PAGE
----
Starting in the 1990s, San Francisco launched a series of bold but relatively unknown public policy experiments to improve wages and benefits for thousands of local workers. Since then, scholars have documented the effects of those policies on compensation, productivity, job creation, and health coverage. Opponents predicted a range of negative impacts, but the evidence tells a decidedly different tale. This book brings together that evidence for the first time, reviews it as a whole, and considers its lessons for local, state, and federal policymakers.
Michael Reich is Professor of Economics and Director of the Institute for Research on Labor and Employment at UC Berkeley. His current research focuses on dynamic models of low-wage labor markets and on the economics of living wages and minimum wages. Among his recent co-edited titles are Labor in the Era of Globalization (Cambridge U.P., 2009) and Contemporary Capitalism and Its Crises: Social Structure of Accumulation Theory for the 21st Century (Cambridge U.P., 2010).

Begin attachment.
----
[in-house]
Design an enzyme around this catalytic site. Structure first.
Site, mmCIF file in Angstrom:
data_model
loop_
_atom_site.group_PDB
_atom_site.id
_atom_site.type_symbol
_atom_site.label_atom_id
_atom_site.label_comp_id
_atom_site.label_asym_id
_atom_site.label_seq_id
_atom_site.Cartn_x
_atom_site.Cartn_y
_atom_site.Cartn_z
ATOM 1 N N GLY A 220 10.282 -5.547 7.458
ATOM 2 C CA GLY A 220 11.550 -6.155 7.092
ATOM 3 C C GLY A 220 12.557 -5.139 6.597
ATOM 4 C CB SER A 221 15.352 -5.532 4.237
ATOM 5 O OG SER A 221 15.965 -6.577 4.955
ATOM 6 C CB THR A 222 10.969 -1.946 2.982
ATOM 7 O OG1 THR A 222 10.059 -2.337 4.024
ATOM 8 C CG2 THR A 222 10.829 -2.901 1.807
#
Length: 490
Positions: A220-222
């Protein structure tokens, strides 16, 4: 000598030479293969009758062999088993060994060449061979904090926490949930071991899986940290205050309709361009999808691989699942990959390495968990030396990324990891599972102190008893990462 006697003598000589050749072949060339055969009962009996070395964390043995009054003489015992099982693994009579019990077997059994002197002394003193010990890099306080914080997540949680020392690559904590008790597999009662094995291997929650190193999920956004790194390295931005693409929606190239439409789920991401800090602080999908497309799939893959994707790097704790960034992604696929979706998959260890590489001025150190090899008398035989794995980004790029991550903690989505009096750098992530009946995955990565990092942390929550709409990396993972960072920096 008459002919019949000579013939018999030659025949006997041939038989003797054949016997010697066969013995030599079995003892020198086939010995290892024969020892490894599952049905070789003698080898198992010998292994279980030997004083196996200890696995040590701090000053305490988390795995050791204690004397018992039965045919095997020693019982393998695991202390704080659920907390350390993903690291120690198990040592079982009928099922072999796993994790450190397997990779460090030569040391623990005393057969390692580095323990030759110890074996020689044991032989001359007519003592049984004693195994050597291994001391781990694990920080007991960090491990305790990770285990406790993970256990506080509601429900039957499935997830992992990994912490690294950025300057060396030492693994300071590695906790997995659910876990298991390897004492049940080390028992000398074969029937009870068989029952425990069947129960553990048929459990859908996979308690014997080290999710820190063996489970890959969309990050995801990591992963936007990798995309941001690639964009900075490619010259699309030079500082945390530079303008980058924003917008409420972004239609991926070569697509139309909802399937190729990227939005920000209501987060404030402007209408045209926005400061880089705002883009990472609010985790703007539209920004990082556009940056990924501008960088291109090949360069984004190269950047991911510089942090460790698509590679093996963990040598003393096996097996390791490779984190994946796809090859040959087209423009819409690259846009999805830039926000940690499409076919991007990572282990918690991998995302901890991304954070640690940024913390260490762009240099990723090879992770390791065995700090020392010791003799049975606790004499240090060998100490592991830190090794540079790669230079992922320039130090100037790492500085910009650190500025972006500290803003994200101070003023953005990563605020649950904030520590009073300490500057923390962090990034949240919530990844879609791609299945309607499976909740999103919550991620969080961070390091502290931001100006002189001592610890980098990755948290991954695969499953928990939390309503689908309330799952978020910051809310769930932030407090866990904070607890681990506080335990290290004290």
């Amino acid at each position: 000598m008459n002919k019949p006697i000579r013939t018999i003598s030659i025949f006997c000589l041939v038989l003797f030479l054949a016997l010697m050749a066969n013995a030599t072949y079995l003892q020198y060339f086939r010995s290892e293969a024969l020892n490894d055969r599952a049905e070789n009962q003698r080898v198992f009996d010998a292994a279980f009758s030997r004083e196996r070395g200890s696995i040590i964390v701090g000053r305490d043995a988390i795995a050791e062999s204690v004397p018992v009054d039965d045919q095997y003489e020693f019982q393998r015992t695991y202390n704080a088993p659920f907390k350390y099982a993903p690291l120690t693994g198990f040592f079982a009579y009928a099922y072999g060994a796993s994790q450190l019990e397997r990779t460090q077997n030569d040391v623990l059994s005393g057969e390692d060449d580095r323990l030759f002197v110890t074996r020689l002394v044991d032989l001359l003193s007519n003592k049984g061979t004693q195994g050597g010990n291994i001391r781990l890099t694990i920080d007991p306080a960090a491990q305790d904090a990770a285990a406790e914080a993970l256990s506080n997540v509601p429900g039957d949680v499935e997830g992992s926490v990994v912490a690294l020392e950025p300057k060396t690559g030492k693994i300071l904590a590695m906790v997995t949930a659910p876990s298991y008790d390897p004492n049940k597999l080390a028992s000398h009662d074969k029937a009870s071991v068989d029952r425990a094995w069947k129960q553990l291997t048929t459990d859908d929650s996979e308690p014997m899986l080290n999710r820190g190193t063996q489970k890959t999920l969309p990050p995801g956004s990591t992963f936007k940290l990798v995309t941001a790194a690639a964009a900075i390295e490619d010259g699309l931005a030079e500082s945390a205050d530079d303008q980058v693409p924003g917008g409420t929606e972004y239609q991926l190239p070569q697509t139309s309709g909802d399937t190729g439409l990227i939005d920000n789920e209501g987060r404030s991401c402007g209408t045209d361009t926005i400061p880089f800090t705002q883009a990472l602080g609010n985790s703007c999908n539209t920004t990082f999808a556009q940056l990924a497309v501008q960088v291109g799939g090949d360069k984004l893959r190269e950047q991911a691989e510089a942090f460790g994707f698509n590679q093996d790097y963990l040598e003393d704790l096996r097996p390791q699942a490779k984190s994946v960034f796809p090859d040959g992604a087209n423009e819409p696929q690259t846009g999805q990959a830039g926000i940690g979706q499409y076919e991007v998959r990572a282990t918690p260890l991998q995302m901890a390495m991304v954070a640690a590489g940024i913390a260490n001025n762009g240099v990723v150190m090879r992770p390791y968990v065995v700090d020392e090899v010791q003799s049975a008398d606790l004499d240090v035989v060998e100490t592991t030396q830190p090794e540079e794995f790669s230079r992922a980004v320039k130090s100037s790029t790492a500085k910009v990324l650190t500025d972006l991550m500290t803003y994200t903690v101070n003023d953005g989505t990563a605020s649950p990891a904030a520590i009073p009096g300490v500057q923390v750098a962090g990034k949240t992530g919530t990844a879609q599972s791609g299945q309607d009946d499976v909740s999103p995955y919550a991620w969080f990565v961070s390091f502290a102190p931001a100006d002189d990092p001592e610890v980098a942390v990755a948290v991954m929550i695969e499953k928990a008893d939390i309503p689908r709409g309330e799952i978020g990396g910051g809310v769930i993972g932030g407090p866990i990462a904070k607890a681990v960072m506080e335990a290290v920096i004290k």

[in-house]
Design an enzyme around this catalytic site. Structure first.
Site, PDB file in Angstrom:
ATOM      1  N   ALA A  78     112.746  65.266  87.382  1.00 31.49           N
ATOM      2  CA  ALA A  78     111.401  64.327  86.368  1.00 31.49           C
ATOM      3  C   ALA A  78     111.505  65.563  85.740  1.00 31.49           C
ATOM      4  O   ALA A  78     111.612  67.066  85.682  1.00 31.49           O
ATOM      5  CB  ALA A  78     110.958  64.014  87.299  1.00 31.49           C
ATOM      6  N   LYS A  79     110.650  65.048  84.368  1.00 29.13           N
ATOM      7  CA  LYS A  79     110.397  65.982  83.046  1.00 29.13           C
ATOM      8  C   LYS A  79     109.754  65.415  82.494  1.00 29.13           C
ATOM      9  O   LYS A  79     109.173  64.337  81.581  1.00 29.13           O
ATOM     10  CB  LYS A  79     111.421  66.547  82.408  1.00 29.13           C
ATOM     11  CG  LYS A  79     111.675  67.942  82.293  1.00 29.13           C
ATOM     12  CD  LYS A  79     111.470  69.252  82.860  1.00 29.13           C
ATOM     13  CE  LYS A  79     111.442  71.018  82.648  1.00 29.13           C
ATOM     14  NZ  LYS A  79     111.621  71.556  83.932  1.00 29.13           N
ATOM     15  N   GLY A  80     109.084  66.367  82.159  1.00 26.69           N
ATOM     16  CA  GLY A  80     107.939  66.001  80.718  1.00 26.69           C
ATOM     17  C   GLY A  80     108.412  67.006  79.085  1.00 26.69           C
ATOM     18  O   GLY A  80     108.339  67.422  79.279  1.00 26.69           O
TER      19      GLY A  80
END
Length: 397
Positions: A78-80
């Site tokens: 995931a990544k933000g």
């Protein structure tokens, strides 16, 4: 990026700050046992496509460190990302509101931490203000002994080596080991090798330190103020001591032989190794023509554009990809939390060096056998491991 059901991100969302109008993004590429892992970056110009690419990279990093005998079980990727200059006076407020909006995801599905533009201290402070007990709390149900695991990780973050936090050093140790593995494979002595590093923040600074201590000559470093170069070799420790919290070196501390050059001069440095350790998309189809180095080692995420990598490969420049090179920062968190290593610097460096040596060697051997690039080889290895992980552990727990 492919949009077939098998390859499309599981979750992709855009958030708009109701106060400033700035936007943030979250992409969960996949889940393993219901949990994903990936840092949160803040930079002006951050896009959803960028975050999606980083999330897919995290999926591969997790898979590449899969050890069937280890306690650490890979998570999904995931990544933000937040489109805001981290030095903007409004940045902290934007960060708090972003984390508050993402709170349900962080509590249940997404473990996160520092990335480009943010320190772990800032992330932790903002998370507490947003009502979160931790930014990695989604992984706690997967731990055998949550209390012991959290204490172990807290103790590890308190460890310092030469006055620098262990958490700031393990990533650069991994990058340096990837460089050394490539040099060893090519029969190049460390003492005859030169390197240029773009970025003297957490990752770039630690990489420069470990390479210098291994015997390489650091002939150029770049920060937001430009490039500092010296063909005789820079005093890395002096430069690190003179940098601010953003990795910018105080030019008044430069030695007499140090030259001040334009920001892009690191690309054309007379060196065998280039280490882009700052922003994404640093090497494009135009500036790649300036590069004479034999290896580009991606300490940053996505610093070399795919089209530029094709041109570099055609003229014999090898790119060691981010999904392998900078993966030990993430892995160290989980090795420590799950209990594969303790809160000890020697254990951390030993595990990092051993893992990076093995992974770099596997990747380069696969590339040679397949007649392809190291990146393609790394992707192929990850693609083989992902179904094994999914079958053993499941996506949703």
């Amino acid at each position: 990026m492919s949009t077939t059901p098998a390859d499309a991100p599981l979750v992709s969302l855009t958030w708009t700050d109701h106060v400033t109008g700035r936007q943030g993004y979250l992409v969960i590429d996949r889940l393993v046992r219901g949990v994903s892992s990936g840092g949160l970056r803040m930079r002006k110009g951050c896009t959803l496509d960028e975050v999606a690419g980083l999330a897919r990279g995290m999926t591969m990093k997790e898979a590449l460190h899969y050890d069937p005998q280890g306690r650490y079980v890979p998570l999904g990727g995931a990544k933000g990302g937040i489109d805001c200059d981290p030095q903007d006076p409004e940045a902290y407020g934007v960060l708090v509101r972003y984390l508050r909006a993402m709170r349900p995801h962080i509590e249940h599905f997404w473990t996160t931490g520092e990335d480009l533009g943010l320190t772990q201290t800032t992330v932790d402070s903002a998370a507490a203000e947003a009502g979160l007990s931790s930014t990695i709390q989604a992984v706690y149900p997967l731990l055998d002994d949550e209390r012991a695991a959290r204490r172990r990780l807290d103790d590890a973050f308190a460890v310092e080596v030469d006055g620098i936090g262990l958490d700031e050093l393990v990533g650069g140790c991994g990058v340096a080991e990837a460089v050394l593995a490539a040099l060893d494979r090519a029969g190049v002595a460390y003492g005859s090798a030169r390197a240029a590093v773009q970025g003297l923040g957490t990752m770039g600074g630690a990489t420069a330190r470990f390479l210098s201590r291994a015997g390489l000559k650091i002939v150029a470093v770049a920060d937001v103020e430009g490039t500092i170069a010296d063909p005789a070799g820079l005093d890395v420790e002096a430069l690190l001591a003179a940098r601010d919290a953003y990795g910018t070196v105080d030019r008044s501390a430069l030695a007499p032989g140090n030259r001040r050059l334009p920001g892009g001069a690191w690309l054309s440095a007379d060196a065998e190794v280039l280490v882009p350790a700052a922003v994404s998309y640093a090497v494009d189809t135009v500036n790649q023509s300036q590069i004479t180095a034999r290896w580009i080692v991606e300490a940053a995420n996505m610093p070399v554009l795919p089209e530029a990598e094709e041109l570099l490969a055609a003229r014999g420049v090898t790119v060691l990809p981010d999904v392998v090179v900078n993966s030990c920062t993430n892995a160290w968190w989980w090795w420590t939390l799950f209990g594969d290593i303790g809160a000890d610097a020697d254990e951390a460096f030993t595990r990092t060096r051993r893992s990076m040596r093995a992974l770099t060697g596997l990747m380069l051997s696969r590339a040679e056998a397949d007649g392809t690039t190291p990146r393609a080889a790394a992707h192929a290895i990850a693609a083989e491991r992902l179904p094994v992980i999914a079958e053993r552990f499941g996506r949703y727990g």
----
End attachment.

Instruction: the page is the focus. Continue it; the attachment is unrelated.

Ken Jacobs is Chair of the Center for Labor Research and Education at the University of California, Berkeley. His areas of specialization include health care coverage, the California budget, low-wage work, the retail industry, and public policy. He provided consultation to the City and County of San Francisco on the development of the San Francisco Health Care Security Ordinance and was a member of the Mayor’s Universal Health Care Council.
Miranda Dietz is a researcher at the UC Berkeley Center for Labor Research and Education working on employment and health care issues in California. She has written on temporary and subcontracted work in California as well as the implementation of the Affordable Care Act. She holds a Master’s Degree in Public Policy from UC Berkeley and Bachelor’s Degree in Government from Harvard. (University of California Press)